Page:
Circular economy vision: paving the way for a circular economy
Asena Degirmenci looks at some of the developments made by the leasing industry in the transition to a circular economy and how Europe is preparing to make its industry more efficient on waste.
In our current economic system, resources are being extracted from our planet at an increasingly destructive rate. The circular economy is seen as an alternative to the traditional linear economy of taking, making and disposing, and offers business leaders and government opportunities of long-term growth.
The goal of a circular economy is to minimize waste and to extract the maximum value out of the recovered resources after the end of their service life.
According to the Ellen MacArther Foundation, transitioning into a circular economy requires a cross industry, and multi-disciplinary approach that would ultimately bring new opportunities for innovation, growth and resilience.
Leonie Schreve, head of sustainable finance at ING, said: “In a circular economy, products and their components and materials are recycled as efficiently as possible so that their value is maintained, or even enhanced.
“This does not only reduce the raw materials needed for products, it also saves money. But moving to a real circular economy is not only about sharing or recycling. We also have to design, sell, value, treat risk and finance differently.”
Benefits of a Circular Economy
In a 2015 report by Growth Within, transitioning to a circular economy in Europe could add €900 billion to GDP by 2030, increase household income by €3,000 a year, and halve carbon dioxide emissions compared with current levels.
EU Commission employed the proposition of a circular economy package in July 2014, with hopes of reconciling economic growth along with environmental benefits.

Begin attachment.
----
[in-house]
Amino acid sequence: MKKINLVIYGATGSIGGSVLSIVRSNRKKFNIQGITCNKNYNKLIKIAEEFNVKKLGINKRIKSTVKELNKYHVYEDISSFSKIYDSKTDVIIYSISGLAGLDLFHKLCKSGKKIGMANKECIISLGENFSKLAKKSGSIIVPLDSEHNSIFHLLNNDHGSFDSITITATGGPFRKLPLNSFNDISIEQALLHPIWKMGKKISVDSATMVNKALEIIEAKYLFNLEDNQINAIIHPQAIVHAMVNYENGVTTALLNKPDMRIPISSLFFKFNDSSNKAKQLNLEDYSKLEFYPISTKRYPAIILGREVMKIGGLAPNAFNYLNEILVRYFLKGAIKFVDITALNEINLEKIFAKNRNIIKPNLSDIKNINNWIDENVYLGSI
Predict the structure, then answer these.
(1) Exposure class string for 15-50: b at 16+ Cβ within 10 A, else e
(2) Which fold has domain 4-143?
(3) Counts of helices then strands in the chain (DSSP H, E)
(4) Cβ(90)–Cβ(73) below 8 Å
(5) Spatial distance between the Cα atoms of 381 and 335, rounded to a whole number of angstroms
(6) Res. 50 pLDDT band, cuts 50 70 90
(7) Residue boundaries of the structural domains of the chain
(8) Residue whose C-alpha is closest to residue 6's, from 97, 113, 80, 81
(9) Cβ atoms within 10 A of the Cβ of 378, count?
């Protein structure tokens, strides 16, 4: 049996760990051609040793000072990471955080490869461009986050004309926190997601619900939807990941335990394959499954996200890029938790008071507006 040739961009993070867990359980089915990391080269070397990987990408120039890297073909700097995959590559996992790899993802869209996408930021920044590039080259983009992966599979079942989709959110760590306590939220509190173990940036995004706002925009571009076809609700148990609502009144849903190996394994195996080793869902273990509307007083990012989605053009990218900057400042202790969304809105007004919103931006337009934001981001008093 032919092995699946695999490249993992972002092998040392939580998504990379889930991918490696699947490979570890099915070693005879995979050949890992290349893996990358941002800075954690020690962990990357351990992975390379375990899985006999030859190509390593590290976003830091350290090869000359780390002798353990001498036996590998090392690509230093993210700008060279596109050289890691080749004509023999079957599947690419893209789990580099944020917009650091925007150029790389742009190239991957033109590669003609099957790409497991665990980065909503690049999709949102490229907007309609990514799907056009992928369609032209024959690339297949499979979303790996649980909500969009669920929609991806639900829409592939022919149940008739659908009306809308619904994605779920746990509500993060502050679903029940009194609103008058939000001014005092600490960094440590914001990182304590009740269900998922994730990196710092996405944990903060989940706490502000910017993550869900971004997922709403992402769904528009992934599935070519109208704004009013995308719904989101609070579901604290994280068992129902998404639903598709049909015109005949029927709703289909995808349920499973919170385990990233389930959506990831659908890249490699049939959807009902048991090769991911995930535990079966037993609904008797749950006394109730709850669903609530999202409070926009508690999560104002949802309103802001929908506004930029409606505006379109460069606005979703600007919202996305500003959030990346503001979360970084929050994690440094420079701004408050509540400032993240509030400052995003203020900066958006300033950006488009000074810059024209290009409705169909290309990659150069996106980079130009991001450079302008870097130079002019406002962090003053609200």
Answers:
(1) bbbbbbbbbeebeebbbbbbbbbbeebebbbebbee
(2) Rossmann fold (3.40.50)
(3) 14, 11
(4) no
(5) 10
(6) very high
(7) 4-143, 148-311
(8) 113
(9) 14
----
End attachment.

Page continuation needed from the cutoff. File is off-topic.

Cons of a Circular Economy
Despite the many pros of this systemic change, the circular model does involve risks.
Shiva Dustdar, head of the innovation finance advisory at the European Investment Bank (EIB), said: “In the transition, there will be winners and losers. If you [as a bank] have loan exposure to a number of companies, and the companies start switching their business model, that in itself requires you to be vigilant. If a company has [so far] sold products, has had revenues [upfront], and all of a sudden starts to lease them out, it has an impact.”
BNP Paribas Leasing Solutions and 3 Step IT have agreed to make an alliance for technology lifestyle management under the name ‘BNP Paribas 3 Step IT,’ in order to help maintain equipment in use.
The impact of a subscription economy also aids in promoting a circular economy. This notion declares that at the end of the contract, you are in a position to renew the product previously purchased.
Policymakers in Europe have made it an increasing priority to transition from an economy of extraction and consumption to that of regeneration and restoration.
Certain nations that have taken the lead by embarking on major circular economy agendas, include: Finland, France, Slovenia, Italy, Germany and the Netherlands.
Alexander Stubb, EIB vice president, said: “The development of a more circular economy in the EU will help to reduce our dependency on imported raw materials.
“It has enormous potential for creating a sustainable and competitive advantage for Europe.”
With many of European process industries already being world leaders, growing competition will continue being a driving force in creating more innovations for low-waste production.